The Dukes of Hazzard, Kmart, and My Dad

Post date: Apr 28, 2012 12:11:53 AM

When I was my son’s age (6 or 7), my world was The Dukes of Hazzard. I had Dukes toys, bed sheets, a birthday party and more. There was just something about that orange car, the General Lee, flying through the air. I can hear it now. “Yee Haw!”

Every time we visited a store, I enjoyed looking through the toy section (still do). I can recall so clearly to this day one trip to Kmart with the family. While my mom and brother were in another aisle, I was admiring a Hot Wheels sized General Lee. I had plenty of Hot Wheels and loved playing with them all the time, but I had no General Lee in my collection. I immediately wanted it and showed it to my dad.

If you have read some of my other posts, you may recall that my dad was pretty good with money. He may have had some flaws, but finance was not one of them. His sound saving and investing has helped take care of my family to this day, nearly 25 years after his passing.

Well, my dad thought this car I was enamored with was the silliest thing in the store. Because it was a General Lee, it was priced much higher than other cars, and he did not see the difference. “You want this little thing?” he questioned. “It’s just a little car. Why would you want to spend so much for this?”

Maybe he was having a bad day. Maybe it was the way he was asking, but I did want that little car. I thought it would be a perfect fit in my collection. I had visions of soaring over my other cars and zooming around dirt tracks in our backyard. “Yes. Yes I do want it. Please?”

He got a little frustrated at that point and proceeded to rip open the package. Then he held the car up to me to show me that once it was open, it wasn’t so special. It was just another toy car. I slowly understood what he was saying, but my little heart was broken. Didn’t he understand how I felt about the Duke boys?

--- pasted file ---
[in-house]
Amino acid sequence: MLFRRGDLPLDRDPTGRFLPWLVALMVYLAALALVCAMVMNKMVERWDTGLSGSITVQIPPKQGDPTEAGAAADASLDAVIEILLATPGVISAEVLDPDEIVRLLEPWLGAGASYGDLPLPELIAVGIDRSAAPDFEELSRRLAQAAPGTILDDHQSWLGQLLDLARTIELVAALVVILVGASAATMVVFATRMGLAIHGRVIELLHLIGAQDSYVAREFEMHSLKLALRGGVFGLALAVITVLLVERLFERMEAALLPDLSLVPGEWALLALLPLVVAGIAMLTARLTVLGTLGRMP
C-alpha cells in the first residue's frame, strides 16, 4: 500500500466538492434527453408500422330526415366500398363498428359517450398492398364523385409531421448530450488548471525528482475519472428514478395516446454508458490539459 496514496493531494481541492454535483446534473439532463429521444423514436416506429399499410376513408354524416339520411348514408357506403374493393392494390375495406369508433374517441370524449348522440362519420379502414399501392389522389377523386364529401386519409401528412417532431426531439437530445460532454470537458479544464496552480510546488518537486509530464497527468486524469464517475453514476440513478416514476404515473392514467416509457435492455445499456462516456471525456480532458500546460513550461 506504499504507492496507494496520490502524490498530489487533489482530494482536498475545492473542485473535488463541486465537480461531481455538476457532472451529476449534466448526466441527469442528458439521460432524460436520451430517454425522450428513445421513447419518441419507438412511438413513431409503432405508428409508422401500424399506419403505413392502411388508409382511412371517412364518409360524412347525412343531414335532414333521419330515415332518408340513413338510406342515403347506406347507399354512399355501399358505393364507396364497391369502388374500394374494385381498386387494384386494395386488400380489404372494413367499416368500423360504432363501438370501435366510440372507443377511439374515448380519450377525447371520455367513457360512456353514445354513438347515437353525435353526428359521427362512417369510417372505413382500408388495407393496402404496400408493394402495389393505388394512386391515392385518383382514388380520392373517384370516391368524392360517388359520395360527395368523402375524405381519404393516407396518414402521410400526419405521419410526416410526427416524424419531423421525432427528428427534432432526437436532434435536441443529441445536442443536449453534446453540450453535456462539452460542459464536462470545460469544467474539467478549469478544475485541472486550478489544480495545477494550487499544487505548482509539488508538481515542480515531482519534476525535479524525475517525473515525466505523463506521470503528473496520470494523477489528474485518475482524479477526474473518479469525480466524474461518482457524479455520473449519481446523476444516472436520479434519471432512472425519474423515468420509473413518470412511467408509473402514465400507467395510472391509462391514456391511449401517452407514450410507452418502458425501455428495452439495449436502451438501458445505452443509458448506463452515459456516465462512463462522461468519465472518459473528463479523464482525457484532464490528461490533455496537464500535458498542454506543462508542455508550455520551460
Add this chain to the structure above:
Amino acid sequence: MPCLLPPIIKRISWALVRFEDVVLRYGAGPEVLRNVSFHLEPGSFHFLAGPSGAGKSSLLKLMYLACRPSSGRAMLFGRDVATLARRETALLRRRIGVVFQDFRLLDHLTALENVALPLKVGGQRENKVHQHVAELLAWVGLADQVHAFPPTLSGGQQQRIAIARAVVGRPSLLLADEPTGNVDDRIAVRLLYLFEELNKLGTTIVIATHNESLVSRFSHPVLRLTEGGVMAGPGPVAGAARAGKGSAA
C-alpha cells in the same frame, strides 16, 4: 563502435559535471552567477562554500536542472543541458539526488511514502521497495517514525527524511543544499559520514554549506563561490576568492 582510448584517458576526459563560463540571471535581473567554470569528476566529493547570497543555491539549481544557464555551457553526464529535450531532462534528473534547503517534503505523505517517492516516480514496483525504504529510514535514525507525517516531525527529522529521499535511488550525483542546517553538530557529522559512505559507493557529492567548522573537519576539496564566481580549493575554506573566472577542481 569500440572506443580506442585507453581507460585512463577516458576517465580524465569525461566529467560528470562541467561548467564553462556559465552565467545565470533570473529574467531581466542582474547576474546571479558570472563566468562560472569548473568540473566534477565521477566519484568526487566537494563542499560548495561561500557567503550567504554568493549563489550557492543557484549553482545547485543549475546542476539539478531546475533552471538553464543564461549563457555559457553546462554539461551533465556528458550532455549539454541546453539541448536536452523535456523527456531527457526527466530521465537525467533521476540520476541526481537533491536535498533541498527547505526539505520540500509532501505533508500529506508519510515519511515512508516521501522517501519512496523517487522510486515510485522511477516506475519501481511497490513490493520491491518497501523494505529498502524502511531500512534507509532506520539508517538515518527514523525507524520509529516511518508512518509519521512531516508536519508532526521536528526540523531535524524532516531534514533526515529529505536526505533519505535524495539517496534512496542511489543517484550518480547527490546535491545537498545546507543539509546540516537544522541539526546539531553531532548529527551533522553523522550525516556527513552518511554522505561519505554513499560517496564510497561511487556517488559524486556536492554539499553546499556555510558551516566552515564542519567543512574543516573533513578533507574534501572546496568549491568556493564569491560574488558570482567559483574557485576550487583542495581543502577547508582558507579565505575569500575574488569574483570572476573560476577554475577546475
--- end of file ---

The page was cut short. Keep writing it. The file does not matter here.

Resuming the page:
What he showed me was that in the grand scheme of life, we have to look past all the packaging and merchandising to see what we were really spending our money on. If we bought that car and never opened it, it may have been a good investment. I was going to play with it until broken or lost. That made it a liability. My dad thought like Robert Kiyosaki’s "Rich" Dad.

The Dukes of Hazzard was a masterfully crafted piece of marketing. The entire program was designed to keep viewers tuned in and buying merchandise. Why do you think the car was orange? Look how memorable it was and is. Even as an adult, I was excited to see one at the Johnny Cash Festival a couple years ago:

My own photo from Facebook.

I also had a thing for Daisy Duke’s Jeep and have had my own Jeep for nearly 20 years now. I guess their master plan worked.

A few years ago, I watched Season One of the Dukes of Hazzard on DVD. It was fun and nostalgic to revisit the old show. Looking back now though, I can see what my dad saw. It really was pretty cheesy.

Has the world gotten increasingly commercialized since this early 80s hit? In short, yes. We are surrounded not only by advertising messages from companies looking for our dollars, but also by entertainment options that focus on well to do characters, fictional and non, who seem to have an endless supply of money. Not just reality TV, which as we all know, glorifies the lifestyles of the rich and famous, but also casual radio, TV viewing or websites. Characters and hosts casually mention the restaurants they ate at the night before or the latest products they can’t wait to get ahold of.

What are we supposed to do? I try to see it all the way my dad did. I try to look past the marketing, the fancy wrapper, the jealousy and the hype. I try, but sometimes I just want an iPad (for example). I don’t even like Apple that much. I can hardly tolerate iTunes for more than a few minutes. I can’t explain it. Lucky for me, I can still think back to that day in Kmart and tell myself that my life is fine without one.

UPDATE: As of two days after this post, I now have an iPad. Go figure.